Children in Batken oblast riding a bicycle
Children in Batken oblast (Photo credit: USAID Advancing Nutrition Kyrgyz Republic)

USAID Advancing Nutrition together with the Ministry of Health of the Kyrgyz Republic, UNICEF, Food and Agriculture Organization, World Food Programme, World Health Organization, and Mercy Corps, conducted the country’s first large-scale study on the nutritional status of children and women. The National Integrated Micronutrient and Anthropometric Survey (NIMAS) was designed to measure micronutrient deficiencies and other nutrition issues that affect children of 6-59 months of age, children 5-9 years, adolescent girls 10-18 years of age, non-pregnant women 15-49 years of age, and pregnant women.

In total, 3,062 households were included in the research, with about 60 percent recruited from rural areas. According to the key research findings, approximately half of the households are food insecure (up to 50 percent in Issyk Kul, Naryn, and Chui oblasts). Although the national prevalence of stunting—having low height for age—and wasting—low weight for height—is considered low (7 percent and 0.8 percent, respectively), dietary diversity is still a problem, which is closely tied to poverty.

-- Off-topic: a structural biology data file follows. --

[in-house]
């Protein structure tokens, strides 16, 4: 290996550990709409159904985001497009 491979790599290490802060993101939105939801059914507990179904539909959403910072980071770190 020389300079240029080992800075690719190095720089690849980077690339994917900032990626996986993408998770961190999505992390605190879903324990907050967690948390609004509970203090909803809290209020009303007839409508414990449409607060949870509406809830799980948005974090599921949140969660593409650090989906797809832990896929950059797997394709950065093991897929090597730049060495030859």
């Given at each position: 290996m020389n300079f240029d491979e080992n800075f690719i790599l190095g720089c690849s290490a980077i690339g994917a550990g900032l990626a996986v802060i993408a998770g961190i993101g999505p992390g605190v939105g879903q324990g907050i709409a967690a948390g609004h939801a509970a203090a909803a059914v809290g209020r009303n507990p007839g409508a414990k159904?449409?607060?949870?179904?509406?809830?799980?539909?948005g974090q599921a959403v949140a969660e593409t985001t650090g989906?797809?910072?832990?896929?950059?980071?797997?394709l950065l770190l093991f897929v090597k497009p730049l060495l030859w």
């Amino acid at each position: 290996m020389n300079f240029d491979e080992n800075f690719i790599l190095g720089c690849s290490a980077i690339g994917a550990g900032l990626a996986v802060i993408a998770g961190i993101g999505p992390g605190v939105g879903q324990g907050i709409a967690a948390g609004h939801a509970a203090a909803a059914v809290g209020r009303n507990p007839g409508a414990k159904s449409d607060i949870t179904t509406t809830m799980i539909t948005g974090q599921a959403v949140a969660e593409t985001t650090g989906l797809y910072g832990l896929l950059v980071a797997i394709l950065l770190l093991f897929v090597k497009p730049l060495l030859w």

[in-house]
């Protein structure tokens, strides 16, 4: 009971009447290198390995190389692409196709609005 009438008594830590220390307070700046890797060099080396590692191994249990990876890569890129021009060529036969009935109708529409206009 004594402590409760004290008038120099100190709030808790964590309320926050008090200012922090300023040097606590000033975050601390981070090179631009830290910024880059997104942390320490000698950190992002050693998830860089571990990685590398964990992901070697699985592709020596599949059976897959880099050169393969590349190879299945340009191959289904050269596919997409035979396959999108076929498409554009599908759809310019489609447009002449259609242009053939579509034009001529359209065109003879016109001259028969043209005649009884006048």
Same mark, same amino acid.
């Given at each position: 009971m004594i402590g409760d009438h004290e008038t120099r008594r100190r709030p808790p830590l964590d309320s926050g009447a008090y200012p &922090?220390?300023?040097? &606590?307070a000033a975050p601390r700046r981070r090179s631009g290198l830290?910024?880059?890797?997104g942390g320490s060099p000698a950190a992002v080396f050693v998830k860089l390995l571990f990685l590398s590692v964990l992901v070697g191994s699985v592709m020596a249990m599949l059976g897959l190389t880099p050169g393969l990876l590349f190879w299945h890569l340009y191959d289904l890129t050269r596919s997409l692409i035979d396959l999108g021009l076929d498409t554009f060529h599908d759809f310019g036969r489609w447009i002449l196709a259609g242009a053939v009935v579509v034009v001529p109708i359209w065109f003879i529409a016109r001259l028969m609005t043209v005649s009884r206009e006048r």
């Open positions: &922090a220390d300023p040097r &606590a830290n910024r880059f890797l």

Findings show that among children 6-59 months of age, only 26 percent achieve minimal dietary diversity and there is a high prevalence of iron deficiency (47 percent), which negatively affects physical and mental development. Anemia and folate deficiency in pregnant women is considered a severe public health problem, with national prevalence of anemia in pregnant women at approximately 49 percent. 

Other results show that a significantly larger proportion of urban households as compared to those in rural areas use adequately iodized salt. Significant differences were also found by region: more than 95 percent of households in Bishkek have adequately iodized salt, compared to just over 60 percent in Issyk-Kul, Batken and Osh oblasts.

Based on the NIMAS results, experts from the Ministry of Health recommend increasing public health nutrition interventions to sustain the necessary longer-term effort, developing sustainable national programs to tackle the burden of malnutrition, including incorporation of nutrition interventions into agriculture and social protection sectors, as well as raising awareness and sharing knowledge on the positive and negative impact of food on health.